“This is not something I asked for and I do not know the full answer to it, as it has to do with how matters are handled in Panama…. You would have to ask them why they do it this way. All I can say is that I asked for a corporation to be formed with myself as ultimate beneficial owner, and I was given the documentation that I have published,” he told us.
It’s important to note at this point that bearer instruments are designed to be as untraceable as possible. One example is bearer shares which are illegal almost all over the world. Even in Panama, regulation is tightening around them. In this case, bearer shares did not even have to be issued. There could have been a trust declared by Dubro and Aliator over their right to subscribe. Tonna denies this, but it is anybody’s word against his – and this is just one of a myriad of options that could have been designed.
Asked about bearer shares in a separate email, Tonna stresses that his own share (held by ATC Administrators) was not a bearer share so he disputed the relevance of the question. But at the very least, he did confirm that “in this day and age, bearer shares should not be used”.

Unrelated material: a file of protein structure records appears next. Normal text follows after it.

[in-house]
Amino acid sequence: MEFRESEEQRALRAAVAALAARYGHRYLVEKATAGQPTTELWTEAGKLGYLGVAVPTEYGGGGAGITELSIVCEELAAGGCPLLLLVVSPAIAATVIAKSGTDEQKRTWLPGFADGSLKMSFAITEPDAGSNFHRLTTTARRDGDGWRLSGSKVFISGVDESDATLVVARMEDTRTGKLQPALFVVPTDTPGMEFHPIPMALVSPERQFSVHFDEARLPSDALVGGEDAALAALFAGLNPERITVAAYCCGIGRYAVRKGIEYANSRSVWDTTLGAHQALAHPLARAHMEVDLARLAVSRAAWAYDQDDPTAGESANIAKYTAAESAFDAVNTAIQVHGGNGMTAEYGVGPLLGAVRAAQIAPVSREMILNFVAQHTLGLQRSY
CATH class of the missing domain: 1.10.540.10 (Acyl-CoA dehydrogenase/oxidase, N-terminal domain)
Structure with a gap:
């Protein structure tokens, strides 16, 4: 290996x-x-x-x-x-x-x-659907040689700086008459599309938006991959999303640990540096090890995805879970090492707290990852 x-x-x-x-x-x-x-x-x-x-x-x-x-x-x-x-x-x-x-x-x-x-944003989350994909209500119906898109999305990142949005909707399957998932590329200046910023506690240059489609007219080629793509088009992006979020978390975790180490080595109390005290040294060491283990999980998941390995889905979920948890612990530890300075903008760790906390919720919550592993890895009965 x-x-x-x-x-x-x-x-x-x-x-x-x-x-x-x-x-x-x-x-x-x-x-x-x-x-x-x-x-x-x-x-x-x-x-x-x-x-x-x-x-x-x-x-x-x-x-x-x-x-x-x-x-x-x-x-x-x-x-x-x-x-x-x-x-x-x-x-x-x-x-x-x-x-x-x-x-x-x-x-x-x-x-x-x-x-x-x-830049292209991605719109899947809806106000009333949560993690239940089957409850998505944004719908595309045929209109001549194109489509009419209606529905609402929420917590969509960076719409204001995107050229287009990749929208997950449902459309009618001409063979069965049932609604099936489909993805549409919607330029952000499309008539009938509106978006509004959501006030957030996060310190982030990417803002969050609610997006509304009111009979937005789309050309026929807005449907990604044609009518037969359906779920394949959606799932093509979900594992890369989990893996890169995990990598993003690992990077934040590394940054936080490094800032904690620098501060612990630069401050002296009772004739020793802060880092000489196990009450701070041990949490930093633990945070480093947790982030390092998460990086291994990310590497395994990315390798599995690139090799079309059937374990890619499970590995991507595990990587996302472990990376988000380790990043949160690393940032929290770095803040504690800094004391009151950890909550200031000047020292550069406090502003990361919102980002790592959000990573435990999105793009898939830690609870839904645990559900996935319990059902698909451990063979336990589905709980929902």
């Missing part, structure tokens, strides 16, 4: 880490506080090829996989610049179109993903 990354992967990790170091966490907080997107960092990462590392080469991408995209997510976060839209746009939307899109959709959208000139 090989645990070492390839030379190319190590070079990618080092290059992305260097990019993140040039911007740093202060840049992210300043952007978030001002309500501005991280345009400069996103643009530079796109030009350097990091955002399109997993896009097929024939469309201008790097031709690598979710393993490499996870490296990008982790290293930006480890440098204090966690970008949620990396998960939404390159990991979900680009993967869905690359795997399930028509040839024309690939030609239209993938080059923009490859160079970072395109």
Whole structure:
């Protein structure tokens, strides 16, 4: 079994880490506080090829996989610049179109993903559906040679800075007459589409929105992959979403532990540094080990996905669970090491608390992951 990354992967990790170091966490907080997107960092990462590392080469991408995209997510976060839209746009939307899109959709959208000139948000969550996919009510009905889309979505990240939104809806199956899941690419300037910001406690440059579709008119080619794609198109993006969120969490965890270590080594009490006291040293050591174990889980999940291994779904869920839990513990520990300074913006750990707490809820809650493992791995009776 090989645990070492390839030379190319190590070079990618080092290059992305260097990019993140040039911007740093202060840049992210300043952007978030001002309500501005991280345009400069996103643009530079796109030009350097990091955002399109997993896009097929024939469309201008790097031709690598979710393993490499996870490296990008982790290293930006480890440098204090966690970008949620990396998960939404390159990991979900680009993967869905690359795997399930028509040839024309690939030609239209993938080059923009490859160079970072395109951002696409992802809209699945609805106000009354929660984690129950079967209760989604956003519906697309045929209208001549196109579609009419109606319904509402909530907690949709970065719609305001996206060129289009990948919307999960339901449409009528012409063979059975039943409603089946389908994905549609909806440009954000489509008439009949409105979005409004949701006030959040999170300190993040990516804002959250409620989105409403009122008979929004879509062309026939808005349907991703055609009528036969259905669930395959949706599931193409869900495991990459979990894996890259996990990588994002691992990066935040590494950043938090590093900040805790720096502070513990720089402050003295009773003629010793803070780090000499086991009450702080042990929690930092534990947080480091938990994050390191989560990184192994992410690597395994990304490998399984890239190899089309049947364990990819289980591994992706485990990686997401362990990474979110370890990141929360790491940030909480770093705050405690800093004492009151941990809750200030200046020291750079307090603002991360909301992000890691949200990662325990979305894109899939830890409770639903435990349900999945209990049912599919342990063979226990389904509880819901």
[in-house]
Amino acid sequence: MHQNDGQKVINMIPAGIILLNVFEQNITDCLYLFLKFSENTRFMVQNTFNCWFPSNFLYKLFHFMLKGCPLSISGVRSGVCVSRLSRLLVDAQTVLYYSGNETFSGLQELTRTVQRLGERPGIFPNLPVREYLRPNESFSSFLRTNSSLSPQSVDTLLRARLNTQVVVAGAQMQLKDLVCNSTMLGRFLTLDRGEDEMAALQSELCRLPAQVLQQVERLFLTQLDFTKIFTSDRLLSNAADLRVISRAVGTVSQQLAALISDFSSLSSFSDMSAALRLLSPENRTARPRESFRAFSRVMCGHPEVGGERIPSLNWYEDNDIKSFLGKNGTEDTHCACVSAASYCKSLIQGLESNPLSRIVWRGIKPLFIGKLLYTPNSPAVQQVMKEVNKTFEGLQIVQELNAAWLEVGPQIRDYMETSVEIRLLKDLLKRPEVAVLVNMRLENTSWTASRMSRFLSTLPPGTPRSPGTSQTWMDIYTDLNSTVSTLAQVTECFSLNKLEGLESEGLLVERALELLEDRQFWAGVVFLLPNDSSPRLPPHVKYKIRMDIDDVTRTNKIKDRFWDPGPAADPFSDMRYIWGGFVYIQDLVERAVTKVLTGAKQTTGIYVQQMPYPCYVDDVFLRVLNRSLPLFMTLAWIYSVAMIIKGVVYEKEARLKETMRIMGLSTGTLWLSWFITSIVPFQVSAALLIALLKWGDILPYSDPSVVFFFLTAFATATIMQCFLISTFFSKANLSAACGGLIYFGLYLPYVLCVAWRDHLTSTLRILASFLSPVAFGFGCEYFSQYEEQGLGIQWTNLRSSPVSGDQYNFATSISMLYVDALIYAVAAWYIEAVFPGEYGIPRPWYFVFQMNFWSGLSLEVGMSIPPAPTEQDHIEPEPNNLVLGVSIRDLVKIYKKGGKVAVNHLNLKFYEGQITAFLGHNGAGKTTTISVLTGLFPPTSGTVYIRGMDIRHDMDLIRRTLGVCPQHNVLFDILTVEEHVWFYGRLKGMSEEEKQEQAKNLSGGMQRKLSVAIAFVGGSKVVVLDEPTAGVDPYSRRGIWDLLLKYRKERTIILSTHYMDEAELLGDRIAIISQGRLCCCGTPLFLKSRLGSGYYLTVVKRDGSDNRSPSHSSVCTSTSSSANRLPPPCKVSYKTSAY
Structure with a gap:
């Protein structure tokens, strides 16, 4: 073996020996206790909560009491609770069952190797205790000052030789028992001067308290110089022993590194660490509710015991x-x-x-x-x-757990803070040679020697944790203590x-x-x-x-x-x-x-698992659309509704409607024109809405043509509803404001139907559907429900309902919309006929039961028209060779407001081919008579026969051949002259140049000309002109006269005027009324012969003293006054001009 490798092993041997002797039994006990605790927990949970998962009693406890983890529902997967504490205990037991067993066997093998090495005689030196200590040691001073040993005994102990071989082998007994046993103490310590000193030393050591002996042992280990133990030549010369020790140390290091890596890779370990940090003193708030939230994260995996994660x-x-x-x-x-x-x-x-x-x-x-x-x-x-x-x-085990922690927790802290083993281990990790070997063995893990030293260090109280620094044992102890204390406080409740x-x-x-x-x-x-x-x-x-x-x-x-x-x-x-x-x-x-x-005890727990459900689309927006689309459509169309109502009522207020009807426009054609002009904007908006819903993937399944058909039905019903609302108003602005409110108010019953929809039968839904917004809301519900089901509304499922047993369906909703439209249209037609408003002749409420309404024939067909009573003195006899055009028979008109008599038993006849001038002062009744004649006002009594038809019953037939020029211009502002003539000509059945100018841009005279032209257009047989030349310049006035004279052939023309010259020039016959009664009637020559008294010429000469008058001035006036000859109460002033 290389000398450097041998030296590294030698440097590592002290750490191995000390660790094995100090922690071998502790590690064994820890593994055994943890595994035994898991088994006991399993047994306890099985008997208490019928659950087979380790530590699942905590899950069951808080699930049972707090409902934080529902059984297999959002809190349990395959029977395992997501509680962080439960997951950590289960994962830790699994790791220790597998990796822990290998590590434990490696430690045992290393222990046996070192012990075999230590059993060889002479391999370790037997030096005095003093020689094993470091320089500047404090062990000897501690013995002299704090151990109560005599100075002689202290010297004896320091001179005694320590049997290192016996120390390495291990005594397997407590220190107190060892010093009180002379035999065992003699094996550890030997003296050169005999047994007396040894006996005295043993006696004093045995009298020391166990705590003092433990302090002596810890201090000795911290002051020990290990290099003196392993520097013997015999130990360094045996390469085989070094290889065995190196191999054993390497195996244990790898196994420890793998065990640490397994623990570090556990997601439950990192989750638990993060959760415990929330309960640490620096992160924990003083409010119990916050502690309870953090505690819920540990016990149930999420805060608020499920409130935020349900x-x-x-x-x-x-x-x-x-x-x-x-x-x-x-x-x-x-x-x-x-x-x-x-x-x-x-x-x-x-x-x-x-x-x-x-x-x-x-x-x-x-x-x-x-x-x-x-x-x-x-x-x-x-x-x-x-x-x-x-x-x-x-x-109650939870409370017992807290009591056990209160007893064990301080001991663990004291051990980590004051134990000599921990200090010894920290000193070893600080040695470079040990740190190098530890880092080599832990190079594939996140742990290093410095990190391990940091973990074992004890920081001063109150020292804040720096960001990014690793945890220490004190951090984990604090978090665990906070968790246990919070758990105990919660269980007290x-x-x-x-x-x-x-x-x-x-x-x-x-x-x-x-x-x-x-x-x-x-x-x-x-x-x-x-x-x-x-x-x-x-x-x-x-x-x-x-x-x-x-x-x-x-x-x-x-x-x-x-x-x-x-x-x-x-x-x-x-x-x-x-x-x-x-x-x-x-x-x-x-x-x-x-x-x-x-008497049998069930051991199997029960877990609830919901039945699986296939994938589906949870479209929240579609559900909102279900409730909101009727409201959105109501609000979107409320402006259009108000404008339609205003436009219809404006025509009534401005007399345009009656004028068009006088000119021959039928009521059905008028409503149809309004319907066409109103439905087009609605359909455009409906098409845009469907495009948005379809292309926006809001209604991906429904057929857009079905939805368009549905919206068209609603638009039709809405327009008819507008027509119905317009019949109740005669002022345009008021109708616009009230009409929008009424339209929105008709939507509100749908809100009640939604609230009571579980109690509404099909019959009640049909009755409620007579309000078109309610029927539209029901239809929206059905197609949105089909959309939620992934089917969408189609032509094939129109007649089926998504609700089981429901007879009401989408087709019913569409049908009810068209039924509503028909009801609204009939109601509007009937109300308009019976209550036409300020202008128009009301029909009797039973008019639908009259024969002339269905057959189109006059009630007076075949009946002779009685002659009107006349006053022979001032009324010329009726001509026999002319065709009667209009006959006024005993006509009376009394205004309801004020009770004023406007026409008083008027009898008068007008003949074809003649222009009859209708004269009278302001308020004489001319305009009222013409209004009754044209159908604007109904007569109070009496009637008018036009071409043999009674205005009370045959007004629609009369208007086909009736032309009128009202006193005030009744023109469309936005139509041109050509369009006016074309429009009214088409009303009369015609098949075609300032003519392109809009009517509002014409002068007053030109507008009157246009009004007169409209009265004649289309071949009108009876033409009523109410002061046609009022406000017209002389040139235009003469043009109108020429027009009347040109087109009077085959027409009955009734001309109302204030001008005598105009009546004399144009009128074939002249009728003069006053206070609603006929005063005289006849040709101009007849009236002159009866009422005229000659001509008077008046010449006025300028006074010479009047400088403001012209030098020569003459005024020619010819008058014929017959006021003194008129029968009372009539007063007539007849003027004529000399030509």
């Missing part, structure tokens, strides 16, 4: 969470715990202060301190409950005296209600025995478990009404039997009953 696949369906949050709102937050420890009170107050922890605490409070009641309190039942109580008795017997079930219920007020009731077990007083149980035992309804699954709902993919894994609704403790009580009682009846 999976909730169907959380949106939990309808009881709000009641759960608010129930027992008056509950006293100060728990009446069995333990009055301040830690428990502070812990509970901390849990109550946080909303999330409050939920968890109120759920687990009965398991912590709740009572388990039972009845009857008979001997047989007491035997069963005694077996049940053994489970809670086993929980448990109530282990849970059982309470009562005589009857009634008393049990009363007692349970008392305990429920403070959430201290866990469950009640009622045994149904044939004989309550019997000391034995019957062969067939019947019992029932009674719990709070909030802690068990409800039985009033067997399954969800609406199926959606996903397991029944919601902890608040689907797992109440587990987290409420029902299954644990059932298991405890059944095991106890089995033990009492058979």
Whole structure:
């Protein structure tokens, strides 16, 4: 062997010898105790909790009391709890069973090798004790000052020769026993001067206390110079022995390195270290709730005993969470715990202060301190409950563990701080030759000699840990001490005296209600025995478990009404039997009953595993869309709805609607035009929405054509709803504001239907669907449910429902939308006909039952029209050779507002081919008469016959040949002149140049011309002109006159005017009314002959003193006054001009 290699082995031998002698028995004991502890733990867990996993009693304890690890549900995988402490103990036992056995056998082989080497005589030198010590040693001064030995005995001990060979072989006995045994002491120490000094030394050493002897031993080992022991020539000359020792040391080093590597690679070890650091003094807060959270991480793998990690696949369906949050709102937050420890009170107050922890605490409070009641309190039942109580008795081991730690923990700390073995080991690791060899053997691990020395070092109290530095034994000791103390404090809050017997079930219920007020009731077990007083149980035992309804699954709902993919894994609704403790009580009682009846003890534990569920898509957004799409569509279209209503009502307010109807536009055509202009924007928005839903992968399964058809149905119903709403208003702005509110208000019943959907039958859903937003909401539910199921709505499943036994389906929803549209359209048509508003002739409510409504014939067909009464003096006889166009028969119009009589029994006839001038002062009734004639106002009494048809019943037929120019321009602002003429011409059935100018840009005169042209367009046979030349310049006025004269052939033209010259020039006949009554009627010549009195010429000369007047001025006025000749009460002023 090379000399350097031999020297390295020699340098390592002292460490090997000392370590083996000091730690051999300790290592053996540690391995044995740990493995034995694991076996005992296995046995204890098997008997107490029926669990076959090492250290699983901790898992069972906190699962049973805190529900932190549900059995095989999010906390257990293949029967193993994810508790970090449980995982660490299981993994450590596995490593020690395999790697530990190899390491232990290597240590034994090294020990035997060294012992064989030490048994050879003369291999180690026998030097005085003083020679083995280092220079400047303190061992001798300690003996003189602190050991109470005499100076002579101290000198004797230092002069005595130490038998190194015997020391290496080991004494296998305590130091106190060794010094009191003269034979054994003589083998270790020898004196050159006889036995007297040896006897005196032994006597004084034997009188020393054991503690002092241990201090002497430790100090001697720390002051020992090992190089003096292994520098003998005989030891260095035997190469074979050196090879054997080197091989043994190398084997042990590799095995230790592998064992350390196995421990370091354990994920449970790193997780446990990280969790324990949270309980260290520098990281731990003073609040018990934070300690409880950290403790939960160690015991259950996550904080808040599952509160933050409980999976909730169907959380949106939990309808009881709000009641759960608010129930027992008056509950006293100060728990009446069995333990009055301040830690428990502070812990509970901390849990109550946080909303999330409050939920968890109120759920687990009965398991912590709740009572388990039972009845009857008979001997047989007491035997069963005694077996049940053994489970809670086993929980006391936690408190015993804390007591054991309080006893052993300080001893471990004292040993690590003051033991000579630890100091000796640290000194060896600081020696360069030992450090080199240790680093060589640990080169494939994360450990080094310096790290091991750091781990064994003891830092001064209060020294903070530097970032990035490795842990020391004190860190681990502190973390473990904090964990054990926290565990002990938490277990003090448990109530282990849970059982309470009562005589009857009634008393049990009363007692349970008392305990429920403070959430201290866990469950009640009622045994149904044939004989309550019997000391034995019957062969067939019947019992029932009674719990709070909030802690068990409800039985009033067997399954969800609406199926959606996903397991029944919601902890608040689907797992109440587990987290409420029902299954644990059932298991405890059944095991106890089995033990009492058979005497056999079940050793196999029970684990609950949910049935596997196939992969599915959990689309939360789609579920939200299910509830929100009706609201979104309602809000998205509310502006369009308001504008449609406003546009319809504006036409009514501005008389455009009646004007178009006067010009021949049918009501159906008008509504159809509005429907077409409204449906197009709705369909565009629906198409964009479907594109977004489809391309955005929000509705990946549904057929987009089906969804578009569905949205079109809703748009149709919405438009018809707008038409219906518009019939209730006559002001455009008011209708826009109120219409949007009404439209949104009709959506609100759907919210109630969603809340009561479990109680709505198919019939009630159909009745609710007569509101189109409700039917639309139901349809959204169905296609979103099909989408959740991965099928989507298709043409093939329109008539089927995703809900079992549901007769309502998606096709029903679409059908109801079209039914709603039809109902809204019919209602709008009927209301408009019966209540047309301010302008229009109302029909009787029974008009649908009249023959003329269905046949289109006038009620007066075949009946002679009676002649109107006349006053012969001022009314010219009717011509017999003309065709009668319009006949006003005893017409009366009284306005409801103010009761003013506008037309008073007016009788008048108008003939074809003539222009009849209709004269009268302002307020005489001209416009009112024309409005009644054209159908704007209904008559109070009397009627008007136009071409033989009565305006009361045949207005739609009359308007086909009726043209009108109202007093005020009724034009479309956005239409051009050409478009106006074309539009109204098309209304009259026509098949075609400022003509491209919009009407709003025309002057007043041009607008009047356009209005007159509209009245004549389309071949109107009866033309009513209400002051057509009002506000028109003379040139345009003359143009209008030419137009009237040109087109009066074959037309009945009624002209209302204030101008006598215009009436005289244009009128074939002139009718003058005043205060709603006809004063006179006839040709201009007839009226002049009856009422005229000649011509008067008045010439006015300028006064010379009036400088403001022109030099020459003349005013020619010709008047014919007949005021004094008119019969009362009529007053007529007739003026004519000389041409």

It’s also incorrect for Tonna to say therefore this proves “unequivocally” that Dubro and Aliator’s involvement as subscribers ended on July 8th 2013. This is because Dubro and Aliator could have been given shares at a later stage and, in Panama, there does not need to be any public register of this, except for the internal share register that is dependent on the honesty of the financial practitioners themselves to maintain properly.
In fact, Tonna admits this to us in a subsequent email where he says: “It is theoretically possible, if very unlikely, that Dubro and Aliator acquired share in Egrant after the 8 July 2013.”
He also insists, of course, that they did not.
What is interesting about the document Tonna provides is that he claims to have given the original to Magistrate Aaron Bugeja. This means that if the Magistrate were to use it to invoke his right to the issuance of the shares, he could theoretically become a shareholder in Egrant and get the access he may need to get to the bottom of this case.
“What is interesting about the document Tonna provides is that he claims to have given the original to Magistrate Aaron Bugeja. This means that if the Magistrate were to use it to invoke his right to the issuance of the shares, he could theoretically become a shareholder in Egrant and get the access he may need to get to the bottom of this case.”
2. The share register